In Pac-12 championship game, the Ducks’ 24 points off of turnovers were the difference
SEATTLE – In Oregon women’s basketball’s loss to Stanford during the regular season, the Cardinal turned the Ducks’ 15 turnovers into 21 points.
On Sunday night, the Ducks flipped the script with 24 points off of the Cardinal’s errors on their way to a 77-57 victory in the Pac-12 Tournament title game.
“I thought our energy was great,” Oregon head coach Kelly Graves said. “We decided to play them outside-in, and we did that.”
In a game that featured nearly identical stat lines from both teams, efficiency on turnovers was the key to victory for the Ducks. Stanford coughed the ball up 16 times, but Oregon wasn’t far behind with 13 turnovers. While the Cardinal couldn’t take advantage of the Ducks’ errors, a fired up Oregon team put 1.5 points on the board for each Stanford giveaway.
“I think it boiled down to we turned it over too much,” Cardinal head coach Tara VanDerveer said.
Stanford guard Kiana Williams added that Oregon’s length swallowed up space, causing her team to have to force bad shots.
It was Maite Cazorla and Sabrina Ionescu who led the charge in transition. The two combined for six steals, five of which they converted into points. Both flashed exceptional speed in transition, and Stanford struggled to keep up. In one spectacular moment, Ionescu turned the ball over herself, only to chase it down and score.
“Last time we played, we didn’t play our best, especially on defense,” Cazorla said. “We pushed the ball in transition, and we got them.”
Notably, the Ducks’ hustle on forced turnovers came after a grueling, physical victory over UCLA the night before. Conversely, Stanford was able to rest its starters after dominating Arizona State early in the game on Saturday. If Oregon’s squad was worn out, the difference in points off of turnovers didn’t show it.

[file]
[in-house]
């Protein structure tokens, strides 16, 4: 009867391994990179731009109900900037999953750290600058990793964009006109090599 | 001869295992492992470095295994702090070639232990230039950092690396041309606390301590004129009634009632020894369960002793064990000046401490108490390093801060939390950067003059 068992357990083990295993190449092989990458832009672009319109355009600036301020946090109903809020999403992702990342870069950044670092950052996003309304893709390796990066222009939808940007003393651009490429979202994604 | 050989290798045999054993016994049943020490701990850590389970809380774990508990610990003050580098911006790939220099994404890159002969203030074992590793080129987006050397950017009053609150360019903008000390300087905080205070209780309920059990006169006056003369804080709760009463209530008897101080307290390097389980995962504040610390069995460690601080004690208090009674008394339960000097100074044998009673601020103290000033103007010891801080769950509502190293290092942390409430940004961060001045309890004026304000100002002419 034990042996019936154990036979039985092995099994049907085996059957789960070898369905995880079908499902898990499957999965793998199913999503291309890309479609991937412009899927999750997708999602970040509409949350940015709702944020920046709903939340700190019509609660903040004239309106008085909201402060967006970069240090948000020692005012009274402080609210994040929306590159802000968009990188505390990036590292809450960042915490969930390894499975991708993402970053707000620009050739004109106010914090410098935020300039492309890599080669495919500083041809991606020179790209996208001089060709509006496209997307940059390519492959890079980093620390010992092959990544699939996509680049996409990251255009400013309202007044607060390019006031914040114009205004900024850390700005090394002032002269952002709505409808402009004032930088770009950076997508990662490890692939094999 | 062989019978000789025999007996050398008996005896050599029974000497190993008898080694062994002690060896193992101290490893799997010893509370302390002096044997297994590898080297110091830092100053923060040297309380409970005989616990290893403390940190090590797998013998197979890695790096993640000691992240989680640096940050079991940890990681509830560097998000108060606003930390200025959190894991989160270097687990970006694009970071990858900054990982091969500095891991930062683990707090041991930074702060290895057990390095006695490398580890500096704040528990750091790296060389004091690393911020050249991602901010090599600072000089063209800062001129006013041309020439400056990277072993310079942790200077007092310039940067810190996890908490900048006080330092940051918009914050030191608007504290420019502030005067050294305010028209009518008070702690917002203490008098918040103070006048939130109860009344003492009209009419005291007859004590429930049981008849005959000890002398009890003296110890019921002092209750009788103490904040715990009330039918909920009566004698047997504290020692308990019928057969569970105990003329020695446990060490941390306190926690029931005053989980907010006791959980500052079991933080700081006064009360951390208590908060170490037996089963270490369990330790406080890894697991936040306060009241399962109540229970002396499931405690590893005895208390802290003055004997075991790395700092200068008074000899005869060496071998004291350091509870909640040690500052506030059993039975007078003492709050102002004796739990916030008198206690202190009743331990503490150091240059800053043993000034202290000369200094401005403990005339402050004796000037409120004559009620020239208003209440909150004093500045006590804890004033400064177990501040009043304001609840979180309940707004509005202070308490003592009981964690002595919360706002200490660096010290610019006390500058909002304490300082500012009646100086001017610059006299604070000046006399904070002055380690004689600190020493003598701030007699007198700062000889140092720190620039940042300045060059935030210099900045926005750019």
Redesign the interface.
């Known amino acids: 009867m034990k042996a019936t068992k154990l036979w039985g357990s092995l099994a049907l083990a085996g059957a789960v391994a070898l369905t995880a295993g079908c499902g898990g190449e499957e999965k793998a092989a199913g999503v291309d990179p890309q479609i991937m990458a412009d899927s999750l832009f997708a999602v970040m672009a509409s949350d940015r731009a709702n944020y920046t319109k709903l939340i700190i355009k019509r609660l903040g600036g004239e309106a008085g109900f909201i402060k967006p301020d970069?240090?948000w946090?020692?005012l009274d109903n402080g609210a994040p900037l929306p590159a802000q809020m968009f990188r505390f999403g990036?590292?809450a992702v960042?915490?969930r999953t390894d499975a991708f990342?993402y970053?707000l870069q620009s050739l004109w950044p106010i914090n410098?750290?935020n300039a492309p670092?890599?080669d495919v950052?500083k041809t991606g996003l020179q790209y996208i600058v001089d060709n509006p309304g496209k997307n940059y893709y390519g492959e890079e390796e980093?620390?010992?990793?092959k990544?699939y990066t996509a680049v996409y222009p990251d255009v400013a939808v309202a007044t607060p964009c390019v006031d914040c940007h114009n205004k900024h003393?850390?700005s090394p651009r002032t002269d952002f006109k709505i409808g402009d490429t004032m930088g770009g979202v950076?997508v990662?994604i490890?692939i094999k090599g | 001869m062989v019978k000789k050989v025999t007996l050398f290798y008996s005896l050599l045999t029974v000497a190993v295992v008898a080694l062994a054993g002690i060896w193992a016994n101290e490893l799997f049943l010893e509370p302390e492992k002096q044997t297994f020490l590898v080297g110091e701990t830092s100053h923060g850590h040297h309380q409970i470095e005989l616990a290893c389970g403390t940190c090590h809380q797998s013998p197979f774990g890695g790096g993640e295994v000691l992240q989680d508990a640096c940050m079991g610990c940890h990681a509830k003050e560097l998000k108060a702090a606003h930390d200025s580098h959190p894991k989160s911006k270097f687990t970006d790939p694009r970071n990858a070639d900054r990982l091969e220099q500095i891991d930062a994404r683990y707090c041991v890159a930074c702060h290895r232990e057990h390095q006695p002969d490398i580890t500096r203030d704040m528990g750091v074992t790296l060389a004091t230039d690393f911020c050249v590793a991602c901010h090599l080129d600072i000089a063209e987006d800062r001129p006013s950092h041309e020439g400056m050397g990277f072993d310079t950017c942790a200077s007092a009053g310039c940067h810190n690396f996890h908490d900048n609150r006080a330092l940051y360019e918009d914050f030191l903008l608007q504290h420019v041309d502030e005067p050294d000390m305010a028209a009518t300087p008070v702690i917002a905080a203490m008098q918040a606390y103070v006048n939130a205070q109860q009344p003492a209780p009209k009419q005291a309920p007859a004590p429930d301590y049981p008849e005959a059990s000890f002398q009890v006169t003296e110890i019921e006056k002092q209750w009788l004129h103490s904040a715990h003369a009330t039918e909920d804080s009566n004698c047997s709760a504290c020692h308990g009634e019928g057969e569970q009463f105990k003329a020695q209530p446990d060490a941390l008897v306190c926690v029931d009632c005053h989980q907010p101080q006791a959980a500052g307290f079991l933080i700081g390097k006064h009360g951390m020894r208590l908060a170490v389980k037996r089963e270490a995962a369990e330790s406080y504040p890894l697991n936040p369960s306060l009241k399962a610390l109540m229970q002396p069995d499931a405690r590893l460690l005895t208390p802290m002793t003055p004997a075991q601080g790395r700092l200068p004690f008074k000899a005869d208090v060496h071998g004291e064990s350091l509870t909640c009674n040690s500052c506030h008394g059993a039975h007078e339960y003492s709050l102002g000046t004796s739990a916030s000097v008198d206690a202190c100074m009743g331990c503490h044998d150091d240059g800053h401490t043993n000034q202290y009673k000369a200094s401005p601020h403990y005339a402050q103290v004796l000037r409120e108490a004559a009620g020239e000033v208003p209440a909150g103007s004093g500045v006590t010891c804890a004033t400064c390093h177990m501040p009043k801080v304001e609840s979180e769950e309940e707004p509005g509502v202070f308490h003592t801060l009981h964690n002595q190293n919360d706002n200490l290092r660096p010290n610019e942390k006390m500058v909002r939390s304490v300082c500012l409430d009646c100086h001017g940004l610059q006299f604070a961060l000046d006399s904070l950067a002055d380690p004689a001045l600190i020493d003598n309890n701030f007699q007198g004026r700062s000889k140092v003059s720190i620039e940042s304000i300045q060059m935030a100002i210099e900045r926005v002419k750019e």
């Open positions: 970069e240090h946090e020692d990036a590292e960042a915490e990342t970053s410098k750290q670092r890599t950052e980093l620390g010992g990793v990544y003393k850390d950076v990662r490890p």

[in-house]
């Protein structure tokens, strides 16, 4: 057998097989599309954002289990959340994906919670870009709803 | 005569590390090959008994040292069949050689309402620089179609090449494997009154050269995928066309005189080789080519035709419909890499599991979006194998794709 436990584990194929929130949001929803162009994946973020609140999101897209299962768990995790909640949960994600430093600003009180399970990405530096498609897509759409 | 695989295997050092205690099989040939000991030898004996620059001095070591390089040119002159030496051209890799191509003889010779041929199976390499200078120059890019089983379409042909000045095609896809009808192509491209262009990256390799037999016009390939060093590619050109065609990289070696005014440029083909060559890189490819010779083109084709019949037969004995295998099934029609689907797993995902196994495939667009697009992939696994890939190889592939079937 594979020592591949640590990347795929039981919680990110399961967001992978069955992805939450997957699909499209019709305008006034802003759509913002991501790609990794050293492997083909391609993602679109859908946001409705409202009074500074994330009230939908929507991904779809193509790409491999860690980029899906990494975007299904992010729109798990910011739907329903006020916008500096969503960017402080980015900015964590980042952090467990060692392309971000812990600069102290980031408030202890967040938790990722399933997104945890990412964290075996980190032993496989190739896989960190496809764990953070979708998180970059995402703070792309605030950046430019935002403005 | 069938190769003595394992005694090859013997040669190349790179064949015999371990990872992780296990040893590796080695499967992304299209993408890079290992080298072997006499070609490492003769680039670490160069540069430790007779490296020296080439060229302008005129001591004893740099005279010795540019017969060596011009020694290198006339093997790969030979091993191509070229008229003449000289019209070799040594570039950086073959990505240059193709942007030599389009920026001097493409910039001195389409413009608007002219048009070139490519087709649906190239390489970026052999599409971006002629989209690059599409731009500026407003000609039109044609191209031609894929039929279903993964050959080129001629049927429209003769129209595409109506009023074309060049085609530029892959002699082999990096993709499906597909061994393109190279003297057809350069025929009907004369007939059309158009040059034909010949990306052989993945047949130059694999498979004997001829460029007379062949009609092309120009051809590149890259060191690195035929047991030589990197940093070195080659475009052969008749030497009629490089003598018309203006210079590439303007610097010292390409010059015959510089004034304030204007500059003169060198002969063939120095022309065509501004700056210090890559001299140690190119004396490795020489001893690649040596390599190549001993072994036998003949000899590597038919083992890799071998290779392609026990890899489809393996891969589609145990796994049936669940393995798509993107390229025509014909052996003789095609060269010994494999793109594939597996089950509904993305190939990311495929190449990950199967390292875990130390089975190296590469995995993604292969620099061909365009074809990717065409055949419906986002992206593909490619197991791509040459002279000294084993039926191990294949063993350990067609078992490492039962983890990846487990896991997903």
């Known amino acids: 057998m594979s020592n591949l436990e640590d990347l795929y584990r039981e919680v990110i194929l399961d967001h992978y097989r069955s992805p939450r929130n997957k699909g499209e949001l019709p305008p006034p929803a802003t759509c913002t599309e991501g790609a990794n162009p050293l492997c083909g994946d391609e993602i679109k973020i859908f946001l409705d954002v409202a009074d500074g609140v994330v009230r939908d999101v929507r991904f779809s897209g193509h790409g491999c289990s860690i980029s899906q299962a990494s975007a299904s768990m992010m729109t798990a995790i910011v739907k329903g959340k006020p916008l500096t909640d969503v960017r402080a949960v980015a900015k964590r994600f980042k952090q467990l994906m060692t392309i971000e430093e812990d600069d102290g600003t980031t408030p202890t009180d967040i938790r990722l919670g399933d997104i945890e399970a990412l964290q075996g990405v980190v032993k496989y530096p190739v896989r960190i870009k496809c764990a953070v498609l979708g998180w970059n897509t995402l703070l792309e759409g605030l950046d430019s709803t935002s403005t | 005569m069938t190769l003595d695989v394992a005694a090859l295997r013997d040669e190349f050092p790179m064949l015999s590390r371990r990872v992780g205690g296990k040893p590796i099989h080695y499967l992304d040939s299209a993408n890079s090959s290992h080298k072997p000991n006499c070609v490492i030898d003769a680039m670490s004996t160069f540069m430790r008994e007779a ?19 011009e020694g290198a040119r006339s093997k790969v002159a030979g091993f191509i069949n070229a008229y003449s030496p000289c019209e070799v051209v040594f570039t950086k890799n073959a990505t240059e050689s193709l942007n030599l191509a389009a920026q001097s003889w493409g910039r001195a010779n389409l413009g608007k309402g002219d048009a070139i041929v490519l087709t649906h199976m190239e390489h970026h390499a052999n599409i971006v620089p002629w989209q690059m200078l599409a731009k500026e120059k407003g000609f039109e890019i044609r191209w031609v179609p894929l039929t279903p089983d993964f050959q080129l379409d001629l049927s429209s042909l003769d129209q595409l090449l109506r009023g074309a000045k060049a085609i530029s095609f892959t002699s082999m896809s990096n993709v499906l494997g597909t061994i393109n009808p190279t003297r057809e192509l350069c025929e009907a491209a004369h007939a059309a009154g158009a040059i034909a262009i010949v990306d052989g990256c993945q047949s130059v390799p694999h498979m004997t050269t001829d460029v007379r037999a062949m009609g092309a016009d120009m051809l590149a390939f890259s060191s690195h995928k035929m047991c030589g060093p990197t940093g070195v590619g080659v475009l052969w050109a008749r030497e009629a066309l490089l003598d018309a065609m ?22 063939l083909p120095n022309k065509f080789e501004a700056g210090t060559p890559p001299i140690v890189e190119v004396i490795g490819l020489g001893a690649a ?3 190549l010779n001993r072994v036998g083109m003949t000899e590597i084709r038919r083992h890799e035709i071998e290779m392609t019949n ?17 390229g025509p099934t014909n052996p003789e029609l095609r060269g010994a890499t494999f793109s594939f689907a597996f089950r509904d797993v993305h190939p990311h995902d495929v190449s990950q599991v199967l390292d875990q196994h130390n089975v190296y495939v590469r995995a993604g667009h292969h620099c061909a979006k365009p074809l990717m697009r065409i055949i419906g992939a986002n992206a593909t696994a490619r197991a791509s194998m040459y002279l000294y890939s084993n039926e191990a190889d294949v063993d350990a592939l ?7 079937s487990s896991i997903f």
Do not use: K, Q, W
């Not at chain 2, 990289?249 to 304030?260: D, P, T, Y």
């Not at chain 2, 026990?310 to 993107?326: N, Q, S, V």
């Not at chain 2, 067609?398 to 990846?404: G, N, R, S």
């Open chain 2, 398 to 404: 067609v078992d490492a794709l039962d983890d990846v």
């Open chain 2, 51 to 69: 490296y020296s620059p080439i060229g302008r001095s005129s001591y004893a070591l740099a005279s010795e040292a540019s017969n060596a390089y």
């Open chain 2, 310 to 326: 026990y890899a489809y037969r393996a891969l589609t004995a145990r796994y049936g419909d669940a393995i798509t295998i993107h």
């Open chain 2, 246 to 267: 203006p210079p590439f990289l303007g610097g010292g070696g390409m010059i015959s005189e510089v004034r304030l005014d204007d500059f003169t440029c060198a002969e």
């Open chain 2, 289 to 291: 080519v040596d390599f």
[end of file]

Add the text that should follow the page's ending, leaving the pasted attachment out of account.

One of the team’s most lethal weapons in transition is guard Lexi Bando and her catch-and-shoot 3-pointer. While she had just one made 3-ball in the game, her teammates never hesitate to get her the ball.
“It’s automatic,” Cazorla said. “We know where she’s at, we know she’s one of the best 3-point shooters. So we just find her.”
The other key to the team’s turnover dominance was physicality. Players like Ionescu, Cazorla and Bando can chase opponents around the floor all day. Strong post presences like Ruthy Hebard and Mallory McGwire, on the other hand, were simply impassable.
The two sides of Oregon’s defense synergized spectacularly against Stanford. The height and length or the Ducks’ bigs forced poor passes, which Ionescu and Cazorla streaked across the floor to pick off. Ionescu in particular showed her vertical strength when she snatched some errant passes clean out of the air.
All season, the Ducks have frustrated opponents with their varied play, so it’s no surprise that even a talented Stanford squad struggled to lock them down. VanDerveer acknowledged as much after the game, and the Ducks’ performance throughout the tournament proved it.
Follow Aaron Alter on Twitter @aaronalter95
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